The current cost of living crisis has been felt in full force across the UK over the past year.
No less than a year ago, in October 2022, the inflation rate in the UK hit an all-time high of 11.1%, far above the government’s target of 2%, causing the price of everyday household shopping to skyrocket. Whilst the rate has been steadily decreasing, the aftereffects are still being felt by shoppers across the country. I’m sure many remember the £3 meal deal, a staple of many lunches, but those days are no more, with a Tesco meal deal costing £3.90, a whopping 30% increase. However, there is a saving grace- the Tesco Clubcard.
With a Clubcard, which was a scheme first introduced by Tesco in 1995 the UK’s largest supermarket, programs and subsequently adopted by many other competitors, customers can receive discounted prices on a range of products – including the aforementioned meal deal, bringing the Tesco price down to £3.40, which is a much more agreeable price when the inevitability of inflation is taken into account.
Some products bought without a Clubcard are much more severely affected, being twice the price of a non-Clubcard price. A Clubcard isn’t exclusive, and anyone can use one, and so it seems like a detriment not to have one, and so why don’t supermarkets just offer the lower price to anyone? The answer can be summarised in one word – data.
How and Why Clubcard Schemes Exist
When you sign up for a store’s Clubcard scheme, you need to input your personal details such as your name and email address in exchange for the Clubcard and the associated benefits. The Clubcard is scanned at the end of your shop, and the discounts are applied, which seems simple and innocuous.
What lies beneath, however, is a significant benefit to the supermarket that now can link the shopping you do to you as a customer. This is an upgrade to traditional systems, where the supermarkets track the products that are bought, but without the aforementioned associated data about the customer. The type of data collected, aside from your personal details, allows the supermarkets to form ‘segments’ of customers, which can offer insights into the buying habits of groups of shoppers, which can be invaluable.
An example of this is a supply-chain benefit; by determining how often groups of customers purchase a genre of product, they can adapt the range and supply of these products to satisfy and maximise demand, reducing the number of products that go unsold or potentially identifying areas for expansion.
A customer-side benefit is personalised offers that can be offered to customers, for example, a group that primarily purchases organic products may receive offers for these products, which would perhaps not be as useful for other customers. Such strategies encourage customer loyalty, driving them away from the competition and offering cheaper prices for the shoppers, a seemingly win-win situation.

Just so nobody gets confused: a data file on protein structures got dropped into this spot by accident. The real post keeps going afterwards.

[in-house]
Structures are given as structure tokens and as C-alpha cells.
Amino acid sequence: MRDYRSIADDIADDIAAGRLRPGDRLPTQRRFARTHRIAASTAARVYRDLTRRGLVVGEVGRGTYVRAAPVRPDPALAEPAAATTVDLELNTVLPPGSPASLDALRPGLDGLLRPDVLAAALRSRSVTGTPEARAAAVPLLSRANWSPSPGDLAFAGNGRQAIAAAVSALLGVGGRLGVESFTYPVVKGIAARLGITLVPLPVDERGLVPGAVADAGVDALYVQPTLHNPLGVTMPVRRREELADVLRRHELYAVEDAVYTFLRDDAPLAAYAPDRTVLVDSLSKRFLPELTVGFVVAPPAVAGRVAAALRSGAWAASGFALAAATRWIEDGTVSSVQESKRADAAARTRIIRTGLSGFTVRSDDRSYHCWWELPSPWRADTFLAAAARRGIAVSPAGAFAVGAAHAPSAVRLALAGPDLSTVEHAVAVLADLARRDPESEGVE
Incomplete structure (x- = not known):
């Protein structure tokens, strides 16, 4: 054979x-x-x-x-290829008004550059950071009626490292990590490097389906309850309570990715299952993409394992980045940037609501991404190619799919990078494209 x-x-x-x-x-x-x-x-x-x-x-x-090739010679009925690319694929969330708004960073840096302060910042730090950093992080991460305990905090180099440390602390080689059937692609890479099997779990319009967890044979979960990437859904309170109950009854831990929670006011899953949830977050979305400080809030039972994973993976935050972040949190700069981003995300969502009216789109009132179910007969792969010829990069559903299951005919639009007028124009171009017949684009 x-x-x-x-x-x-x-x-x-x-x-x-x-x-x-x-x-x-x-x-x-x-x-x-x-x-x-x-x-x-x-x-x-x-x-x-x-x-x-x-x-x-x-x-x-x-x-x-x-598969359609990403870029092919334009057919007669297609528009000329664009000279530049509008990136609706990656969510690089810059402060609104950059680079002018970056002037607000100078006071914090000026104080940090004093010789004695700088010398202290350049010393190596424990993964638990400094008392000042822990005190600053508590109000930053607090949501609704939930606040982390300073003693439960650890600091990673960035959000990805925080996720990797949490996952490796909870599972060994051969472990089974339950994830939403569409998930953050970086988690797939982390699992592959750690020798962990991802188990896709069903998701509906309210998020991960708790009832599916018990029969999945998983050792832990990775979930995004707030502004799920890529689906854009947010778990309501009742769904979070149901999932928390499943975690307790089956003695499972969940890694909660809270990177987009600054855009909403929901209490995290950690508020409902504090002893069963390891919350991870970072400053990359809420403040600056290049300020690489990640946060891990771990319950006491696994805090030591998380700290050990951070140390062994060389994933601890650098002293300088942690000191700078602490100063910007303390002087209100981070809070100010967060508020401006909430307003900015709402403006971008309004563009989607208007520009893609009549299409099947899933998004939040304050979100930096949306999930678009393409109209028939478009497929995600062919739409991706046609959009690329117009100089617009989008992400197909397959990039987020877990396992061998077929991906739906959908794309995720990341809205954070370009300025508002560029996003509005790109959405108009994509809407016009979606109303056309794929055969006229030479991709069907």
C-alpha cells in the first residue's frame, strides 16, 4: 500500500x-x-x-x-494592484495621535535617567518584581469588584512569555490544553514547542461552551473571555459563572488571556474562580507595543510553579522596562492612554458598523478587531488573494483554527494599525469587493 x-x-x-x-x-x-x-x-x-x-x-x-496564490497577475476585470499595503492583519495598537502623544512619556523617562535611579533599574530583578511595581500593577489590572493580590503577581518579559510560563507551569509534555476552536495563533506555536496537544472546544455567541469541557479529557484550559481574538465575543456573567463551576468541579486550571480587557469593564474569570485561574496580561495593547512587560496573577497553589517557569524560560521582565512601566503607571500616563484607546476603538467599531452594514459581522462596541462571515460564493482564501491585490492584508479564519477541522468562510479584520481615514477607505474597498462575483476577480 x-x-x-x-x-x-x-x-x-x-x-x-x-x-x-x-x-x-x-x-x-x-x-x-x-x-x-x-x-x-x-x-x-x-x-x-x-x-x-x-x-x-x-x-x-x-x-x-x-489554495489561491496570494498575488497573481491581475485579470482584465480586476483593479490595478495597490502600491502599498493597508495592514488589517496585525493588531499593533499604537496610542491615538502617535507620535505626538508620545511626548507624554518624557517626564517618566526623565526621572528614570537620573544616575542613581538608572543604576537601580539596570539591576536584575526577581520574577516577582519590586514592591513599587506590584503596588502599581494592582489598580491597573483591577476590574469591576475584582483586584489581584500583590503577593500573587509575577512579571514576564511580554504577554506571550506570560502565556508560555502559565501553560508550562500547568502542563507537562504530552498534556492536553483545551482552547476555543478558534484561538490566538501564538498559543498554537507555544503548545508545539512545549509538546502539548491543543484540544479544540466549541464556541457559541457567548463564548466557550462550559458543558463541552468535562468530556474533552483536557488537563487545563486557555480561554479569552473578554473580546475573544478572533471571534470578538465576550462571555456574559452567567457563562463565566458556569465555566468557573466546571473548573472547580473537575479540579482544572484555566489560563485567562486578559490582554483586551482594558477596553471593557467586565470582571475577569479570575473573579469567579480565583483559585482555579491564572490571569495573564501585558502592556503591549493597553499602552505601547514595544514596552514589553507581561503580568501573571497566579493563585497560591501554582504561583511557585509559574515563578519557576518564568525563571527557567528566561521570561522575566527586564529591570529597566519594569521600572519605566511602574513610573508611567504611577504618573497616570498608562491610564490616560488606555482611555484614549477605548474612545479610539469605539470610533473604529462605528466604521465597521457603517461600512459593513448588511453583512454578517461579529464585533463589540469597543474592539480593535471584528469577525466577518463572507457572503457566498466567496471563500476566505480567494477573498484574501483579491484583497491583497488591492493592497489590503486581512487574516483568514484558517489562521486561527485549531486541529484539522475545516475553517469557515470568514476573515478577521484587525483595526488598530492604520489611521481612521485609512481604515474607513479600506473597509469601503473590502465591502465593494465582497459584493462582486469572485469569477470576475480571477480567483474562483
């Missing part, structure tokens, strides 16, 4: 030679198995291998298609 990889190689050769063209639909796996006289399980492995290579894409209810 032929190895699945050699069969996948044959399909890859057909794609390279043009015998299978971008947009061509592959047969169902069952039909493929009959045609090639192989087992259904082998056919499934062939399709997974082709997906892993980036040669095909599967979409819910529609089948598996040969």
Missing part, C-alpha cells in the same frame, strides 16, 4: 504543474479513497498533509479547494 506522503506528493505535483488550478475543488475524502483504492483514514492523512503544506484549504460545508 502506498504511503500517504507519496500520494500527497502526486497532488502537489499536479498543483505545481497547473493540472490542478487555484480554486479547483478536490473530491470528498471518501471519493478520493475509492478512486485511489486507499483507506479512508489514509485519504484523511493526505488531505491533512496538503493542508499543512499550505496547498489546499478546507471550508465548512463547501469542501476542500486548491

Recommendation systems based on shopping data are so powerful, in fact, that they were able to determine that a woman was pregnant before she knew herself, which is a testament to how powerful and important this kind of shopping data is.
The extra factors associated with Clubcard schemes
The phrase “there’s no such thing as a free lunch” springs to mind when considering Clubcard schemes, due to the seemingly great benefit of having one as a customer- better prices, personalised offers, etc., but of course, the main reason they truly exist is to benefit the supermarkets, all of which exist as profit-maximising businesses. Other business-related objectives such as market control also play a part, attempting to draw customers away from competitors, but ultimately it’s mostly about getting more data.
Anything involving data carries extra considerations, such as GDPR, and naturally, supermarkets are required to have strict data privacy and protection measures in place, however even with the assumption these measures are enforced, there is still a high chance of data breaches, which could put customers’ personal data at risk, which a customer could circumvent by not using the Clubcard schemes.
Some Clubcard schemes have also come under fire for misleading customers, as usually a shopper would see a discounted price and assume they are getting a good deal, where in fact it could be better value per unit buying a non-discounted product, indicating just how much value the supermarkets place on encouraging customers to use the Clubcard in order to gather data. A further tactic which has existed before Clubcard became so prevalent (and is in fact banned) involves increasing pricing and then offering a discount, in a similar vein to the previous method whereby shoppers assume a discount is a good deal.
The same strategy is applied with Clubcard deals, such that shoppers actually get the same price with a Clubcard as they would have without one at an earlier point in time, and providing a significant price rise for non-Clubcard users, although this is more likely in the name of gathering data rather than simply trying to deceive customers and receive more income.
Clubcard deals offer a trade-off between your data and your money. Due to the rising popularity of Clubcard deals, it becomes harder to avoid regular pricing, and coupled with the increased cost of living, Clubcards almost become a necessity.
Those customers who don’t want to, in essence, sell their data, are faced with higher pricing, simply due to supermarkets identifying the power of harnessing and using data to maximise their profits. Whether or not this is worth it is a personal decision, but ultimately the weighting of cheaper products far outweighs the cost of a shopper’s data, if the shopper is even aware of the behind-the-scenes actions of the supermarkets using their data.
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